Saturday, April 21, 2012

Inventing the Space Age

April 21st, 1962 marked the date when the Space Age officially began. Fifty years ago today, Seattle opened the gates to the World's Fair and innovations of the 21st century were being forecast in every exhibition hall. Bell Labs promoted new push button telephones; GE had the kitchen of the future with electronic microwave ovens; and sleek, George Jetson-like cars were displayed by American car manufacturers. The Fair's iconic Space Needle, with its 360 degree orbiting restaurant in the sky, beamed over the fairgrounds like an outer space vehicle. My first visit that year seemed as if it was the most exciting thing on earth. And it truly was—as the 21st century promised us so much optimism. Fifty years later, we're far less optimistic, but we still have some of the great architecture and design of that era to appreciate. The Space Needle is still the city's most beloved architectural structure, and certainly the most recognizable. In 2002—forty years after the World's Fair opened—it officially became a registered federal trademark, which assigned rights to manage how its image could be used. In fact the Space Needle Corporation (which is so 21st century) takes its image very seriously. In 2004—and I'm not making this up—it filed an infringement suit against a snack company for featuring a heavily battered onion ring surrounding the Space Needle's observation deck. The ad suggested their onion rings "would boldly take your menu to new taste frontiers." Hmm...onion rings in space...never expected that fifty years ago. 21st century corporations really should learn to get along and play well with others.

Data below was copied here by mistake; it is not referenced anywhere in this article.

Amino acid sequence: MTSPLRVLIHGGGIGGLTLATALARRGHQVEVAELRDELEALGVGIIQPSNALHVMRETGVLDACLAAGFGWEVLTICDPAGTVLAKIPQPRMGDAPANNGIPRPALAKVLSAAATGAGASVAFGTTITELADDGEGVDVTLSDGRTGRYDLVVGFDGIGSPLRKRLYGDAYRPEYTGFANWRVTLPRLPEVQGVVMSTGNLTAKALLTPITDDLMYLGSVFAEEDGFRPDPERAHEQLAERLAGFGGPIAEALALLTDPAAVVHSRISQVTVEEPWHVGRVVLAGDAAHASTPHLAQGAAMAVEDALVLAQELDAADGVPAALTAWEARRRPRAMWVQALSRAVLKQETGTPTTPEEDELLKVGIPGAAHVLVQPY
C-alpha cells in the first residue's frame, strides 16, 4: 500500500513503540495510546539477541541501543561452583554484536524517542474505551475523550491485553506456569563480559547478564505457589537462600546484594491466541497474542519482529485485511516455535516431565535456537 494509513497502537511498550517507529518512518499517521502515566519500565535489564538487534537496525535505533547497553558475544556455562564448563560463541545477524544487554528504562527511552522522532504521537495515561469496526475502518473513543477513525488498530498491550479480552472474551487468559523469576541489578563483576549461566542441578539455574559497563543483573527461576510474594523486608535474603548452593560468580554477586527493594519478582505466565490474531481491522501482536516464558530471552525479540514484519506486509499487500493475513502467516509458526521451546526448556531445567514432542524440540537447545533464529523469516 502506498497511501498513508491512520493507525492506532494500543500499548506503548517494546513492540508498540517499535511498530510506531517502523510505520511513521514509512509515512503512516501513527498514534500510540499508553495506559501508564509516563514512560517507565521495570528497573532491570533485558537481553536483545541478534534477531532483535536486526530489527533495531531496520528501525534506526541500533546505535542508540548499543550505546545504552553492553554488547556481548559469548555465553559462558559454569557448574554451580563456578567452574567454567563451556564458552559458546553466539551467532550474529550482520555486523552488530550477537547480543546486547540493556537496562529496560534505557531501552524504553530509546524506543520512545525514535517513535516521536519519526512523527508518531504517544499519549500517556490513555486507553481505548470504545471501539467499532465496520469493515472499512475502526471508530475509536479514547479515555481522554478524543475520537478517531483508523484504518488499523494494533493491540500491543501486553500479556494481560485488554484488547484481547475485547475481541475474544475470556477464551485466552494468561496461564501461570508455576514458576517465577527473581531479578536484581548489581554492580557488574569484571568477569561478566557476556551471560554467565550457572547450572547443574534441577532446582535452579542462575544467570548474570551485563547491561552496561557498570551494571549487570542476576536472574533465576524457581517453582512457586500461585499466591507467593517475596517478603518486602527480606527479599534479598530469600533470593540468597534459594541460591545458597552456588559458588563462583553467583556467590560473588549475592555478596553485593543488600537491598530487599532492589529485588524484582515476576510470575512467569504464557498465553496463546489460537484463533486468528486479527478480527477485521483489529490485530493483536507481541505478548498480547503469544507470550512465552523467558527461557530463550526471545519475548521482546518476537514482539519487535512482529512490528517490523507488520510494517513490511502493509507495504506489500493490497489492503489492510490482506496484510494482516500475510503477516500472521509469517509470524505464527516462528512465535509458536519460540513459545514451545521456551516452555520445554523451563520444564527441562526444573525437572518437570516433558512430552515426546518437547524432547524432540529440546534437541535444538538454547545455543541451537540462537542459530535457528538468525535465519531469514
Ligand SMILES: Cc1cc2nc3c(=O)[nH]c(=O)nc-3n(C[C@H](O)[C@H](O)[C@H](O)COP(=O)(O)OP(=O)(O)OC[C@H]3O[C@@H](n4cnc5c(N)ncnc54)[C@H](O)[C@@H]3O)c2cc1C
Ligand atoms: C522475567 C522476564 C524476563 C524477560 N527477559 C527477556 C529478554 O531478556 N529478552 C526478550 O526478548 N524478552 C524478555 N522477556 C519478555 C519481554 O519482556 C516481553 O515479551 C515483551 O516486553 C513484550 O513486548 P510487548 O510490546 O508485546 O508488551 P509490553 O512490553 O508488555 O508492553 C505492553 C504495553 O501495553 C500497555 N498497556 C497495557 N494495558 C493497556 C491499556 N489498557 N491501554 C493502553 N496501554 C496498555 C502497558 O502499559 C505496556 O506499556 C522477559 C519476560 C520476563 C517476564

Architectural renderings from the John Graham and Company Architects in Seattle are courtesy of the University of Washington Libraries Digital Collection. The design for the Seattle World's Fair Space Needle was conceived by Victor Steinbrueck, Edward Carlson and John Graham. The rotating wheel of the 1962 cocktail menu below included the 360 degree directional viewscapes simulating the orbital rotation of the restaurant from the Needle. The matchbook cover below is from the Letterology Century 21 Archives.

The Gayway was a three acre amusement park zone of carnival rides at the '62 World's Fair. Books of tickets, curiously called pleasure units, could be purchased to spend on the various amusement park rides. The name Gayway was just too gay evidently, and the zone of amusement later had its name changed to Fun Forest...I could just hear the boardroom discussions... "We want the name to reflect fun and the space age, but it has to represent the hardy Northwest lumberjack too." I guess the name Gayway Astro Forest was already taken.
Decals above and the natural gas industry's astrological character wheel below are from the flickrstream of What Makes the Pie Shops Tick. The cover illustration of Art Since 1950 was designed by Dick Elffers (1910-1990). Read more about it and see a poster for the fair he also designed in an earlier post here. The vintage astro fashion below is from eBay.

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